Egypt Revisited, Volume 10

Front Cover
Ivan Van Sertima
Transaction Pub., Jan 1, 1989 - History - 441 pages
4 Reviews

This volume represents a new departure in the examination of Egypt's place in the African context. It brings together the latest research of the 1980s on Nile Valley civilizations, what they achieved, and their impact on Africa and the world. The authors take an "Afrocentric" in contrast to a "Eurocentric" perspective in their studies of the birthplace of civilization. This volume includes sections on the race and origin of the ancient Egyptians, black dynasties and rulers, Egyptian science and philosophy, and great Egyptologists. It sheds new light on neglected aspects of history.

Ivan Van Sertima is professor of African studies, Rutgers University, and editor of the Journal of African Civilizations. He is the author of They Came Before Columbus: The African Presence in Ancient America, winner of the Clarence L. Holte International Prize.

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A Gold Standard of Photo Kametology
Dr. V has done a masterful job of recording a photo who's who of Classical African Civilization, Kemet (Ancient Egypt/Nubia). It was adapted in our town's High
school (Teaneck, N.J.) as the standard text to teach Ancient Egyptian by the scholars assigned to this task. Egypt Revisited, and Dr. V's world renowned, They Came Before Columbus, are the recipient of the Cultural Health Award.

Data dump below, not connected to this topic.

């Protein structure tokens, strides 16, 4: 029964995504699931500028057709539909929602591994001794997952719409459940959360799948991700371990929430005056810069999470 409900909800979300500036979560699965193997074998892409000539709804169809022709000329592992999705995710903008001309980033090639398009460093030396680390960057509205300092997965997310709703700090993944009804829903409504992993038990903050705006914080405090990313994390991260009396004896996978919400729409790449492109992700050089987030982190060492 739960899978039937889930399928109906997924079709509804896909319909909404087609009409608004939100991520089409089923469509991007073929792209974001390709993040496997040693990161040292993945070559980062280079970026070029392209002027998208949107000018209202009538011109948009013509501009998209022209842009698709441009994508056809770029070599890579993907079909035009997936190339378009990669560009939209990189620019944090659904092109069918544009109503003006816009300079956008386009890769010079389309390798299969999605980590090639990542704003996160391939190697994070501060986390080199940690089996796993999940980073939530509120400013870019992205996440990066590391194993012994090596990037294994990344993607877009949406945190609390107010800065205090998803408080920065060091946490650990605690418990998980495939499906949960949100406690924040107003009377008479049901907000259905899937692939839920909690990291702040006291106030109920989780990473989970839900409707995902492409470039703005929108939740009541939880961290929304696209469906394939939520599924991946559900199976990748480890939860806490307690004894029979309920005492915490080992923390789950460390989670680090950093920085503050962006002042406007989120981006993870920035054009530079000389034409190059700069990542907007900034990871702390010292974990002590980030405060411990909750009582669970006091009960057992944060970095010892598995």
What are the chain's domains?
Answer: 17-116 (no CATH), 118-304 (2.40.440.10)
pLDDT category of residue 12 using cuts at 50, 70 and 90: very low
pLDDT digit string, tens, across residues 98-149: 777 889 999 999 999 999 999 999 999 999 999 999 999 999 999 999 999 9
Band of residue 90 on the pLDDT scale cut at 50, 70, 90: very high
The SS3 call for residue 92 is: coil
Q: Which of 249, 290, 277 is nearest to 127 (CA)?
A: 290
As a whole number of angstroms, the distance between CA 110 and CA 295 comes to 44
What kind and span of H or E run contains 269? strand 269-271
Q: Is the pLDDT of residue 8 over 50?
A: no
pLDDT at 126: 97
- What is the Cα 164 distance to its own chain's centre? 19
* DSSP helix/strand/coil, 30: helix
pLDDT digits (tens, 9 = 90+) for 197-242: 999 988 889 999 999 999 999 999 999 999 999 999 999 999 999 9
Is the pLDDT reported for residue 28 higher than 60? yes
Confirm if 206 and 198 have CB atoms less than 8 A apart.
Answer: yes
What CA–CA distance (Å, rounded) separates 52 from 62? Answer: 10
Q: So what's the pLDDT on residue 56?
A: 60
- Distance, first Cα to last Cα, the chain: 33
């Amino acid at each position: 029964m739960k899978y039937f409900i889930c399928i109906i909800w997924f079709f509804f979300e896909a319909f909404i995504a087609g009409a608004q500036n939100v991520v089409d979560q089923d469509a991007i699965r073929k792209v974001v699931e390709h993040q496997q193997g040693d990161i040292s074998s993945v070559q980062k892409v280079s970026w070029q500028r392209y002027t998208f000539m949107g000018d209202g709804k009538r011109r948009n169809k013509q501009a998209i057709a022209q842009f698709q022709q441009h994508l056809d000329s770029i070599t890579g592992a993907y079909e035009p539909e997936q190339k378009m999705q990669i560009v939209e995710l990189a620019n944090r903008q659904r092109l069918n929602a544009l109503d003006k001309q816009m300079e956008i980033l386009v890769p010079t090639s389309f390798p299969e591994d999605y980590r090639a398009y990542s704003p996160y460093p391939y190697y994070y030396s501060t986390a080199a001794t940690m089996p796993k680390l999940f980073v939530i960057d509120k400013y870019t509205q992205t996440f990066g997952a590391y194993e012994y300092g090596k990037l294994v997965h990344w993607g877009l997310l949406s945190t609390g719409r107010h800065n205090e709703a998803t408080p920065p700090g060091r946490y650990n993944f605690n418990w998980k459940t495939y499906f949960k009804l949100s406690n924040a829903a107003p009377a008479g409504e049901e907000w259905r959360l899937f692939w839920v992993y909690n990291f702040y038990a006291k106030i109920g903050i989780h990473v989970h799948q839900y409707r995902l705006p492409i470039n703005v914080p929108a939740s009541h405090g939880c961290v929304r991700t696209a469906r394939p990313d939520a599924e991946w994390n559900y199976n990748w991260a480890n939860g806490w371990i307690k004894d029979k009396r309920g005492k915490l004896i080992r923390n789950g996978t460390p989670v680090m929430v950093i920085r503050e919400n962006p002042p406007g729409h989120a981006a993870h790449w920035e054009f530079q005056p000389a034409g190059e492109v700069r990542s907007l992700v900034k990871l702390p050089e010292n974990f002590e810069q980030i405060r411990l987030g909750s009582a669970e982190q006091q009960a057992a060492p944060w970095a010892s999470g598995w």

Dr. Amen Ivan Van Sertima was a speaker of truth, may he rest in hetep
Rudy Aunk (The Cultural Health Guy)
In this African year of 12,010
 

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In this book i still find no relevant association between african philosophy as a whole and what Dr theophile Obenga actually narates here is bases mostly on egypthian philosophy and not associating egypt with the rest of africa on the basis of knowing if egypt is a part of africa philosophically and there been no incidented or foreign particles surounding the evidence of him colluding egpty with africa, also i affirm that egypt has been in existence prior to existence but i still need him to convince me that egypt is a part of africa for him to ascribing egypt as part of ancient Africa  

About the author (1989)

Ivan Van Sertima (1935-2009) was professor of African studies at Rutgers University. He was visiting professor at Princeton University and lectured at more than one hundred colleges and universities. He edited the Journal of African Civiliations, which has greatly changed the way in which African history and culture are taught and studied.

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